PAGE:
Salaries, staffing cutbacks, clinical outcomes, adding new programs, and ending old programs all are decisions made in the boardroom. Nurses have multiple opportunities to become involved with a board of directors. A wide range of boards exist, ranging from nonprofit boards (most hospital boards are nonprofit) to corporate (for profit) boards that govern very large, publicly held organizations. There are also advisory boards, start-up boards, and nursing or professional association boards. All these types of boards share common elements; however, there are important differences.
Educate yourself about the different types of boards, as well as how your specific board operates, who the stakeholders are, and what their roles are. Then, learn your responsibilities as a board member. Other members may not instruct you fully of your roles and responsibilities, even if you become a member.
Nonprofit status means that the organization does not have to pay federal income taxes and property taxes. In exchange for their nonprofit status, organizations are expected to benefit the communities in which they serve.
The concept of governance has existed for hundreds of years and traces back to European countries. It is the basis for much of what we now know as corporate governance. In the case of hospital boards, governance means responsibility for the hospital's performance.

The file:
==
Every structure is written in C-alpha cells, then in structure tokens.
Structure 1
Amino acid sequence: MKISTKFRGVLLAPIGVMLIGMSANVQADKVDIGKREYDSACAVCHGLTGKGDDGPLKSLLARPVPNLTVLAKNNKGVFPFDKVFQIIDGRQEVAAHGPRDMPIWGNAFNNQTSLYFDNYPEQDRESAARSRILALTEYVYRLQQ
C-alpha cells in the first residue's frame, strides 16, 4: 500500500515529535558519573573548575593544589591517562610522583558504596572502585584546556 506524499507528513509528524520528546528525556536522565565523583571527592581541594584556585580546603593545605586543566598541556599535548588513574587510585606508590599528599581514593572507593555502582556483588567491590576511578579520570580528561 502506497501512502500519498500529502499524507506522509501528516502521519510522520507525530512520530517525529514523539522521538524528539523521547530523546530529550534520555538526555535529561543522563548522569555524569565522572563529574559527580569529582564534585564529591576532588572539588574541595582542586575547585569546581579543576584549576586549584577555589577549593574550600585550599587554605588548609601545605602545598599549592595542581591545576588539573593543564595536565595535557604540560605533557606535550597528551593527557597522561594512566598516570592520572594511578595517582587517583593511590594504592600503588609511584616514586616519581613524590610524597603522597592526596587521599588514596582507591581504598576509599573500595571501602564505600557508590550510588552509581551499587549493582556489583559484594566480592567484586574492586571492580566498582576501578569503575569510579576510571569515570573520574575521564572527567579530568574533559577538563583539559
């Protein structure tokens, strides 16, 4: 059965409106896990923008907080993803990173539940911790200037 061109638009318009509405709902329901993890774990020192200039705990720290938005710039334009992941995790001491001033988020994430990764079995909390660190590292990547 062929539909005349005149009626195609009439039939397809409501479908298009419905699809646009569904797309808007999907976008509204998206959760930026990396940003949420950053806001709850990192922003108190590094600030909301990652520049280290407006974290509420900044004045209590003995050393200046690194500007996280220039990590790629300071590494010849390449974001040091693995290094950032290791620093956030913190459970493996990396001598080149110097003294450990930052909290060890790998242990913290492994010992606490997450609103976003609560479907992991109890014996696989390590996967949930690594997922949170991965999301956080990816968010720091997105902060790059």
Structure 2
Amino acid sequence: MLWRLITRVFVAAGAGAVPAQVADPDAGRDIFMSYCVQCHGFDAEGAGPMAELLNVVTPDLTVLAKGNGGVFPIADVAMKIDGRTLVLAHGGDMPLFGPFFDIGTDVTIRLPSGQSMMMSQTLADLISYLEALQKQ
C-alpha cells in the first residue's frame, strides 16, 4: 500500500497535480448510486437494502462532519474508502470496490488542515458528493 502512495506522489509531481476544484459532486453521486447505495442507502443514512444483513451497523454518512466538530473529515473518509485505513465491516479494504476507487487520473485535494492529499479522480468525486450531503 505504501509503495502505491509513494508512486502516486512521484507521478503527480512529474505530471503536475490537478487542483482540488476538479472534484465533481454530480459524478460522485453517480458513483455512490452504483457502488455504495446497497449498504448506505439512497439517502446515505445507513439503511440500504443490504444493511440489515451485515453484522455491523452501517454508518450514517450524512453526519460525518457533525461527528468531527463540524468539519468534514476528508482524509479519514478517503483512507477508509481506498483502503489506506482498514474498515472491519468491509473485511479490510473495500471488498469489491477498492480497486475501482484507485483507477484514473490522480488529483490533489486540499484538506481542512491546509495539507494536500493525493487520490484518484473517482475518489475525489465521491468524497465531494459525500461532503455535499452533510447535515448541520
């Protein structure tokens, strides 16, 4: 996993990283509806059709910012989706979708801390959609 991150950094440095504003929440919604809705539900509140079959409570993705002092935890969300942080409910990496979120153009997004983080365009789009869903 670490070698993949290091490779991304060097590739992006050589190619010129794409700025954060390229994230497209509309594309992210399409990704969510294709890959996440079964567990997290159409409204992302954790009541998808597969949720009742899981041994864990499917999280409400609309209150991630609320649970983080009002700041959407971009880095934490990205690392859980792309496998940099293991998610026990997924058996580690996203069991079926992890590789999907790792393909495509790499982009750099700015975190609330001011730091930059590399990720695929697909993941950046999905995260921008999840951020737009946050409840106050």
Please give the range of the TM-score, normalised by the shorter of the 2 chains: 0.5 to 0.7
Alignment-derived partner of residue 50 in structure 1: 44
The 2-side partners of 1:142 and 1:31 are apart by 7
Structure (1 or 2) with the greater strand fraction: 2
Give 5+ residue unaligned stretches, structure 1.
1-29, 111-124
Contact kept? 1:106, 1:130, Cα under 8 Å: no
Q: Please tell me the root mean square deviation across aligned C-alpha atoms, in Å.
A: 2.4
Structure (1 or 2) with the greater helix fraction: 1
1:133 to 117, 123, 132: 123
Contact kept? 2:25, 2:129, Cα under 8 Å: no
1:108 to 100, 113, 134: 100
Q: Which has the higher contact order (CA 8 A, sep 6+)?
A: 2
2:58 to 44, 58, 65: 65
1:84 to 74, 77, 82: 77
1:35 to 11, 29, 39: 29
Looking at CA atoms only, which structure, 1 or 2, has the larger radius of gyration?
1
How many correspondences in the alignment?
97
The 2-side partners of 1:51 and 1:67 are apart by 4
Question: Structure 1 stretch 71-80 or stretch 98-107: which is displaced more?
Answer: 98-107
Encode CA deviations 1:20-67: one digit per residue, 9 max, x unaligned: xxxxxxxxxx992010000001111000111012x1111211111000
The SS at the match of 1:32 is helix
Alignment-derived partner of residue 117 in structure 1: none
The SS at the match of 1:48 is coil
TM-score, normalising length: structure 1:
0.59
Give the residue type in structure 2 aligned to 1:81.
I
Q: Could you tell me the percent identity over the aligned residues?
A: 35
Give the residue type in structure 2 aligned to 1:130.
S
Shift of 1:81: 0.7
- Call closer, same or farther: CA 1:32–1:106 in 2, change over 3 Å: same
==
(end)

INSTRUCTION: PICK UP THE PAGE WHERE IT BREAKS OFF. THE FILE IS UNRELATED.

In the United States, boards have nearly always governed corporations. In fact, an 1811 New York act (Birds-eye, 1890) established that “... the stock, property and concerns of such company shall be managed and conducted by trustees, who, except those for the first year, shall be elected at such time and place as shall be directed by the by-laws of the said company” (p. 1876).
Nonprofit and not-for-profit are often used interchangeably. However, for the purposes of this book, we will refer to nonprofit to indicate an organization established for purposes other than profit making and that is recognized by its government as tax exempt.
Daniel J. Pesut is a professor in the University of Minnesota-Twin Cities School of Nursing and director of the Katharine J. Densford International Center for Nursing Leadership. Pesut has a significant amount of board experience, most notably as a member of the board of directors for Sigma Theta Tau International (STTI), where he served for 8 years as a director, president-elect, and president.
“Having your finger on the pulse of what those stakeholders want is critical,” says Pesut. “You can't just sit in the boardroom. You've really got to pay attention to those people you serve and figure out how to engage them in strategic ways.” In other words, if you're on a hospital board, what is important to patients and staff? Board members represent the organization and are stewards of the organization, but they serve the stakeholders.